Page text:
Having never been to a Video Games Live concert before, we went into the series’ LA concert not quite knowing what to expect. Tommy Tallarico told us in an interview that his reason for co-creating the project was to prove how culturally relevant games have become. Walking out of the two hour show, it’s safe to say he succeeded.
Unlike past editions of Video Games Live, June 17’s performance, at the Nokia theatre, incorporated an all-star line up of video game music, with the composers personally present to conduct the orchestra. Taking place during the same week as E3, when the majority of the gaming industry converges onto LA, probably helped Tallarico assemble such a cast.
Some notable guests included God of War composer Cris Velasco, Metal Gear Solid series composer Norihiko Hibino, and Greg Edmonson, who conducted the debut performance of his score for Uncharted 2.
If there’s one warning we would give to potential audiences, it would be to not have their heart set on hearing that all time favourite track. This is because there’s just so many songs to choose from (Tallarico says they have produced 60 for the show), and time is limited. However, given the nearly twenty different songs played during each concert, you’ll likely hear at least a few melodies which are close to the heart.
One thing we weren’t expecting was for the show embrace the fandom of gaming so graciously. Not only are prestigious composers brought out on stage, but so are members of the gaming community who have gained popularity through online websites such as YouTube.
Martin Learn, also known as the video game pianist, performed multiple Mario tunes at a blinding speed. Learn held his own against a full orchestra. Judging from the crowd’s reaction, he was arguably the highlight of the show.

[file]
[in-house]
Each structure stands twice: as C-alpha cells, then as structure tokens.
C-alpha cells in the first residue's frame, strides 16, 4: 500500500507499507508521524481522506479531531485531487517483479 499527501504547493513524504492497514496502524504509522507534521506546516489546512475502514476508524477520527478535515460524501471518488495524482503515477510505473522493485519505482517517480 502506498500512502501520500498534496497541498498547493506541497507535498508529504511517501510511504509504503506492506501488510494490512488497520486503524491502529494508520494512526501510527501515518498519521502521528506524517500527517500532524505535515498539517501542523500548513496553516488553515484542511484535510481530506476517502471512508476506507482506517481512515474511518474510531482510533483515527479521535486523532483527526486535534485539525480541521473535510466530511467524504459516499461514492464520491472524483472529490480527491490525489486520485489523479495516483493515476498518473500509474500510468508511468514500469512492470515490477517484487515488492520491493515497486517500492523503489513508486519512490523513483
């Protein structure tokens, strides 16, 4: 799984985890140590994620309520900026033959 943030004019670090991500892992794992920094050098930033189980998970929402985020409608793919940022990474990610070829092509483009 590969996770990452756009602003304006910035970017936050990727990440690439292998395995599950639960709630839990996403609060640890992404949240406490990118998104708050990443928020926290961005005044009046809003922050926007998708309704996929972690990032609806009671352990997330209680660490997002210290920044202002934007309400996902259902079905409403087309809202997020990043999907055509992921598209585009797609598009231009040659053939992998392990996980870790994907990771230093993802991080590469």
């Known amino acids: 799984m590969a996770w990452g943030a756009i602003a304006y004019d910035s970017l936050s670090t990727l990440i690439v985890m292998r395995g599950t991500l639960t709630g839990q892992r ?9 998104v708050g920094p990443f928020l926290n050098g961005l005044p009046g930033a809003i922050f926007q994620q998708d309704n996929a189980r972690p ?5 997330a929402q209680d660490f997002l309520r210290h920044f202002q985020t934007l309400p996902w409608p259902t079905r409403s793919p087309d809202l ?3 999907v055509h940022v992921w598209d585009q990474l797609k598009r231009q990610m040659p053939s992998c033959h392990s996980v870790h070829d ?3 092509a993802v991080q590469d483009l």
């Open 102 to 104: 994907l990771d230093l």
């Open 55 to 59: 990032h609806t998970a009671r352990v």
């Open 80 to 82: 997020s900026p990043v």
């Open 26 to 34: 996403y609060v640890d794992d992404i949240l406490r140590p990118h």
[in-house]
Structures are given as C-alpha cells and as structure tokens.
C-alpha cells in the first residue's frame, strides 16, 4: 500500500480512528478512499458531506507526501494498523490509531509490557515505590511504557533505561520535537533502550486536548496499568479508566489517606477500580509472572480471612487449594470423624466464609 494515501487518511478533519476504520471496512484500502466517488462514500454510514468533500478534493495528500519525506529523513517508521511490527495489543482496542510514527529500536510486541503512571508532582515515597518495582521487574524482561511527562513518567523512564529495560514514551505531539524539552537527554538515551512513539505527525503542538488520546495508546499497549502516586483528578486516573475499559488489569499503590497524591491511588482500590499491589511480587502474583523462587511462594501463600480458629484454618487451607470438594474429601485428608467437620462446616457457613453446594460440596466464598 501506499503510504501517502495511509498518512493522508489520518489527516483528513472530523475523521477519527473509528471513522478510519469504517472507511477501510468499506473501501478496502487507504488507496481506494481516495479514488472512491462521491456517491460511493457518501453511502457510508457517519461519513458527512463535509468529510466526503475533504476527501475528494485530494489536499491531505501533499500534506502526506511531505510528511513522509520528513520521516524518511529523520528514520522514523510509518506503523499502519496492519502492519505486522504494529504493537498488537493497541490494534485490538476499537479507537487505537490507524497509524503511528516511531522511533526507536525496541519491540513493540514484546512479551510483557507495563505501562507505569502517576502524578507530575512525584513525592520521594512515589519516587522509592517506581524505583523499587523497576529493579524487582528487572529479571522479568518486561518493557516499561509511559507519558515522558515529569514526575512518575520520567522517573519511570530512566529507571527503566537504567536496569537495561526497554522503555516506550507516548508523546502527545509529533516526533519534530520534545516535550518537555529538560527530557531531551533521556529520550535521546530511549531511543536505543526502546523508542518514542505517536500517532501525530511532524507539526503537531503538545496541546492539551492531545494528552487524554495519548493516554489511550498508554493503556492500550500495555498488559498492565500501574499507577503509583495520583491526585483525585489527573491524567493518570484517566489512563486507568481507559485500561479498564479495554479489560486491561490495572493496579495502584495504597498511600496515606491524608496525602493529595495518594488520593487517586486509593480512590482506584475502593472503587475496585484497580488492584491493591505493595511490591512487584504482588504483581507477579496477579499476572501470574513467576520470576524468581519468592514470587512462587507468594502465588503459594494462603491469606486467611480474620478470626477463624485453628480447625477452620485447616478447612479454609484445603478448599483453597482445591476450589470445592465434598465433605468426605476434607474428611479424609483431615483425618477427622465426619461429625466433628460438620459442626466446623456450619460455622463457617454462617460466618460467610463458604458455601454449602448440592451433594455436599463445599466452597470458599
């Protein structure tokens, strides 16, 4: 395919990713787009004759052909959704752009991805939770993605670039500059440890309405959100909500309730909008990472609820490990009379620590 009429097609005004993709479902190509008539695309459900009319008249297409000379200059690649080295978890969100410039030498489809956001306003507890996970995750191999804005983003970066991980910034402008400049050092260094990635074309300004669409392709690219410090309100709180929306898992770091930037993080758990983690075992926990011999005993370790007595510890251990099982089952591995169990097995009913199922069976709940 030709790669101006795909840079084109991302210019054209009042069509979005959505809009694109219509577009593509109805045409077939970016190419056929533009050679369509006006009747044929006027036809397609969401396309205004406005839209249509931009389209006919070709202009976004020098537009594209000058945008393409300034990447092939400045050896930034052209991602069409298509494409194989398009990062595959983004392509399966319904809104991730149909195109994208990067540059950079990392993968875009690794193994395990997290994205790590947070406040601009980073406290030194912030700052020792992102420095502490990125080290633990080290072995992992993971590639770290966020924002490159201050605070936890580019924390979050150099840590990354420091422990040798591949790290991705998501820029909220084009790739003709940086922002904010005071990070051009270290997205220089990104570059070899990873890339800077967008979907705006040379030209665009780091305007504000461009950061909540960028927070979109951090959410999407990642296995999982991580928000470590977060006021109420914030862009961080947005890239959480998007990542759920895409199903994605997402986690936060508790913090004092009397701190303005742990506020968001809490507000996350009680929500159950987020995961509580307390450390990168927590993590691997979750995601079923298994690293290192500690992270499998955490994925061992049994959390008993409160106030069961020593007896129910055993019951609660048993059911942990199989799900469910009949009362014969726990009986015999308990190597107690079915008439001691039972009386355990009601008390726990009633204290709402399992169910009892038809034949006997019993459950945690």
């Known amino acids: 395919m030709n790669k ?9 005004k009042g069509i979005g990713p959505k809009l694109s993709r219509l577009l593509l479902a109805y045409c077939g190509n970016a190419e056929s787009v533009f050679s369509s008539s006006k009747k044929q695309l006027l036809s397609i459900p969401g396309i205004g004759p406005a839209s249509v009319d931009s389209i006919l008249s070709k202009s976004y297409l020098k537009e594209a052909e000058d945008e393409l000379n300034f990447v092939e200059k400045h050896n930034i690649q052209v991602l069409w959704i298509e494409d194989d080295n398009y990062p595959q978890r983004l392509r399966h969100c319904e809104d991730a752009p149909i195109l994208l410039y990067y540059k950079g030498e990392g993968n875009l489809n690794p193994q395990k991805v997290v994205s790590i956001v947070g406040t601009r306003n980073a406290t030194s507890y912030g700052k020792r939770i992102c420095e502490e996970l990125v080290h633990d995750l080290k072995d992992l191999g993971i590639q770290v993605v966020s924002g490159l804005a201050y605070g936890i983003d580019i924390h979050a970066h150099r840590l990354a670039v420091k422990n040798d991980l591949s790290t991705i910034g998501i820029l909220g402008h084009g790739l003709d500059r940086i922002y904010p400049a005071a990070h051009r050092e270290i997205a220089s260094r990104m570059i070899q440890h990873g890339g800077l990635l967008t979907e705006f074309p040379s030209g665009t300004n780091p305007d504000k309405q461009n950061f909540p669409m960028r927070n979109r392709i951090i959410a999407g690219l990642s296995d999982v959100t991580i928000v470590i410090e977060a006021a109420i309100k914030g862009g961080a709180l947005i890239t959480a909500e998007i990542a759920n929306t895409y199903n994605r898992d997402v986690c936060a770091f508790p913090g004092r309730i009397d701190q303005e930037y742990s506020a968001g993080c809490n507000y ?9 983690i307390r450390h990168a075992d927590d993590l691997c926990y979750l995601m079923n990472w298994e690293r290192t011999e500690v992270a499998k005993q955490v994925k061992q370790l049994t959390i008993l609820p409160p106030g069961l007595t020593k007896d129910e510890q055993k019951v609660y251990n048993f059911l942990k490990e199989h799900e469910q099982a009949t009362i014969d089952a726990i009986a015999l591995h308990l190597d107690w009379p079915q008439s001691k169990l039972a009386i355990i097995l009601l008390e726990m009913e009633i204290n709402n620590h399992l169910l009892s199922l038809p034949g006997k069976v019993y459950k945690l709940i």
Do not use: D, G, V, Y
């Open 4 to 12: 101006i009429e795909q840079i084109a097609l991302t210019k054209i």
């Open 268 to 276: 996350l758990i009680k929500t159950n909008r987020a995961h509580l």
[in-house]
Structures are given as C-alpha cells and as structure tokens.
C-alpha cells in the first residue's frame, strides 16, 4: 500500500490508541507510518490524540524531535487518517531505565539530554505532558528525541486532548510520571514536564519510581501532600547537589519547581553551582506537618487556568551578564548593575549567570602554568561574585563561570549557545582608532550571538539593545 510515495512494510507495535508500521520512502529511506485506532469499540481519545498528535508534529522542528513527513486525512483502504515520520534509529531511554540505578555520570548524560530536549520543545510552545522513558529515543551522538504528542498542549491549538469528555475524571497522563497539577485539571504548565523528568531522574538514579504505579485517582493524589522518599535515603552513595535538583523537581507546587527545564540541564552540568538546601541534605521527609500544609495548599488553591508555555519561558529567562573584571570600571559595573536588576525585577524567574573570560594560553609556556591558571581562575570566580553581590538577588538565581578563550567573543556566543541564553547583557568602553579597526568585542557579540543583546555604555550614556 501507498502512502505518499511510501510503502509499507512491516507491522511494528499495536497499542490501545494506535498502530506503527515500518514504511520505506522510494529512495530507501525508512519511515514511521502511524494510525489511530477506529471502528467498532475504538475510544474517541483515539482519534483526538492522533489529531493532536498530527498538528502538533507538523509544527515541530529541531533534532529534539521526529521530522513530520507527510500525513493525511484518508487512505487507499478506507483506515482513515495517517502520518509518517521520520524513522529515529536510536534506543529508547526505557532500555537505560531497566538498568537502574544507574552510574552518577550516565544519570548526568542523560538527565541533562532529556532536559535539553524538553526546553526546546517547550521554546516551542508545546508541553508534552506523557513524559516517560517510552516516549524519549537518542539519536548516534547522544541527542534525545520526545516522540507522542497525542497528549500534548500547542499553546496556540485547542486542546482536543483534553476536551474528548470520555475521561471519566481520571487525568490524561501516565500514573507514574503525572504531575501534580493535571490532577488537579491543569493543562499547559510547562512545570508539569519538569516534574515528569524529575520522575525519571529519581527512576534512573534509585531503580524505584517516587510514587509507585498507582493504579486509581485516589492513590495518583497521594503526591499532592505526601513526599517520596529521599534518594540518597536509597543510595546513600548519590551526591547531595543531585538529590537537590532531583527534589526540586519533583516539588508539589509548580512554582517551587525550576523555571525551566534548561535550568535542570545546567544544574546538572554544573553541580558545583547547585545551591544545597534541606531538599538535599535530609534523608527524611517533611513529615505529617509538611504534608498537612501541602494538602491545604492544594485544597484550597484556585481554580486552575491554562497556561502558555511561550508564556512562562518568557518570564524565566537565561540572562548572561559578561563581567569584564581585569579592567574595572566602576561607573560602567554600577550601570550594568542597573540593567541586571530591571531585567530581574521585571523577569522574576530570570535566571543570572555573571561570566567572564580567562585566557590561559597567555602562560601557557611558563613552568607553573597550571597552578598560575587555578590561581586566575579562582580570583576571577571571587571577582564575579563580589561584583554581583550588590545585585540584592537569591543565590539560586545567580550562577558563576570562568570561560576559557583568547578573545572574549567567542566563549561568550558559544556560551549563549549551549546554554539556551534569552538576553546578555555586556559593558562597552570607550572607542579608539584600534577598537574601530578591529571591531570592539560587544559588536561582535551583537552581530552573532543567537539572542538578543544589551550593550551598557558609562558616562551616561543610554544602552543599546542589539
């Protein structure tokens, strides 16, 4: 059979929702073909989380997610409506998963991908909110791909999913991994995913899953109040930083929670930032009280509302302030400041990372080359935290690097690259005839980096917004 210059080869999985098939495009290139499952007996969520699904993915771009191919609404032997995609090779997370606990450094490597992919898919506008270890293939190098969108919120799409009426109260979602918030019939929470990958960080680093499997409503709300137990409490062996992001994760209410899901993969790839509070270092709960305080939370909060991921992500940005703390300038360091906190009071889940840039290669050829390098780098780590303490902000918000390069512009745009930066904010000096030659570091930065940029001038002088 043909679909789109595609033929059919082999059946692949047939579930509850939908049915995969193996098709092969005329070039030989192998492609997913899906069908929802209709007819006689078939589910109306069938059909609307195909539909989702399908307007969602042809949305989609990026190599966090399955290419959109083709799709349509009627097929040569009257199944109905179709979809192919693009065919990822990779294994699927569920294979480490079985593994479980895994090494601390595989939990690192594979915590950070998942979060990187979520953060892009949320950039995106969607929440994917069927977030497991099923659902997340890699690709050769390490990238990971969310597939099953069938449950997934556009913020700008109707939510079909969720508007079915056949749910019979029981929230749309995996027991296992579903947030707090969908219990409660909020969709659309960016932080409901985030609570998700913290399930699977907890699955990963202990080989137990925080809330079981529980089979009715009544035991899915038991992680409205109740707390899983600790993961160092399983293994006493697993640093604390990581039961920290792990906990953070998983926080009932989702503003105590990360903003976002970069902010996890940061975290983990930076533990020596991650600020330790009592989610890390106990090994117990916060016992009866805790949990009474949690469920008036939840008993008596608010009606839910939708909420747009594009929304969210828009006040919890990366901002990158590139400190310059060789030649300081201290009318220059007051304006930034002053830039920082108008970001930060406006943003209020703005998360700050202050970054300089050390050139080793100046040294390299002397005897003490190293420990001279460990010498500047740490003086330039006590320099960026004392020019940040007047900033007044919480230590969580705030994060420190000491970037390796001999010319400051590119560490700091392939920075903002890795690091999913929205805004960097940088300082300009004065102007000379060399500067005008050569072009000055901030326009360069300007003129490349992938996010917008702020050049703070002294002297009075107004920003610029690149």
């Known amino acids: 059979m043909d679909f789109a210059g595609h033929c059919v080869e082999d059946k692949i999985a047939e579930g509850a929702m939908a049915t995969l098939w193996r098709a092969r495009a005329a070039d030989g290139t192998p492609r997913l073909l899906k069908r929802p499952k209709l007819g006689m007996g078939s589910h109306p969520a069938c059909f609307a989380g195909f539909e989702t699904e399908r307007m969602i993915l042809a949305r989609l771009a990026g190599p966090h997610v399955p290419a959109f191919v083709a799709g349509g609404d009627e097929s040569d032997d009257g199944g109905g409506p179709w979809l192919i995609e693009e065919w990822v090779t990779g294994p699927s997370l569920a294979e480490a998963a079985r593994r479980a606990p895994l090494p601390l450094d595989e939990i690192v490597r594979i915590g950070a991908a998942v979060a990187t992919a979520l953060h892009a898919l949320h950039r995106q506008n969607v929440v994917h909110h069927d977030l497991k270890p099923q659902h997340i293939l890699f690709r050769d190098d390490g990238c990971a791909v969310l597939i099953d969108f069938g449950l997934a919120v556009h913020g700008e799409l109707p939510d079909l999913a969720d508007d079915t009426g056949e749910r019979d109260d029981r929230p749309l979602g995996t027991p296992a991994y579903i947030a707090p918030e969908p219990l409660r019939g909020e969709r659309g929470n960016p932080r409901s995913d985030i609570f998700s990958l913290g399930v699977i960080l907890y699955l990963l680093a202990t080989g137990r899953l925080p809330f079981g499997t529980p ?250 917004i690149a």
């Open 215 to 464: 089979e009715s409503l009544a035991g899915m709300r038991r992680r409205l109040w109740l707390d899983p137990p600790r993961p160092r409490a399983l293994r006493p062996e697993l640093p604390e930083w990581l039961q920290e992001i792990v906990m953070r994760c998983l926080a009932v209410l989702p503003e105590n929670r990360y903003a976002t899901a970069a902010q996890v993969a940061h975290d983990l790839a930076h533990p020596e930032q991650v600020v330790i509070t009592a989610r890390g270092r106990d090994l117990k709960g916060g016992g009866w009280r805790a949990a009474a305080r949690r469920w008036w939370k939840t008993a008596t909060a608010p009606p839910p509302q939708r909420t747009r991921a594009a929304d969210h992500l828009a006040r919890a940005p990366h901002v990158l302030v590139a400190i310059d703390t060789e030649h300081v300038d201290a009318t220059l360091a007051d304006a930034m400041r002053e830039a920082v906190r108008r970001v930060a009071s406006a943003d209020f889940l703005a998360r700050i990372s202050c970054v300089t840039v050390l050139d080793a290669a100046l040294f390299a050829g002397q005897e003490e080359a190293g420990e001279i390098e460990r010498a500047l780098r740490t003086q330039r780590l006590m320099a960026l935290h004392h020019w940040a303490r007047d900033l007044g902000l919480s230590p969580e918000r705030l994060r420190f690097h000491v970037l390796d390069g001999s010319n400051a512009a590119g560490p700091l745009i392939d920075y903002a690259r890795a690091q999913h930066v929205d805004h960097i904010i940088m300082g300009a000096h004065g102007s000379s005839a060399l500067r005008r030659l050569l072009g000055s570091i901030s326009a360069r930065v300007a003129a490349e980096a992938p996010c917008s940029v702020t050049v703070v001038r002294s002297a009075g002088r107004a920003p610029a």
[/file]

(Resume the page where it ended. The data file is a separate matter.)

Another viral guest was Laura Intravia, revered online for expertly playing the soundtrack for Zelda on her flute. Dressed as Link, Intravia’s quirky segment is filled with inside jokes to warm the hearts of Zelda fans.
We won’t go into any other details in case you’ve got tickets for the next VGL concert. What we can say is how apparent Tallarico’s love for video games is made during the show. His involvement during the production is constant and his enthusiasm never lets up. In an interview with FOX News, the composer admits he’s not making as much money with VGL as he would actually writing music for games, but that the former is too much fun to pass up. The man loves what he does and it shows.
The experience of listening to music from a game played live amplifies the artistic value of this component of the video game industry. You may not realize how important the music is, until you can listen to it without worrying about losing that last life or beating a high score.
In our interview with Tallarico, the co-creator of VGL predicted the Super Mario Brothers theme will still be hummed by people hundreds of years in the future. One friend of CVGames jokingly told us this prophecy sounded disturbing. But after listening to the Mario theme played by a live orchestra, you might ask yourself: is it?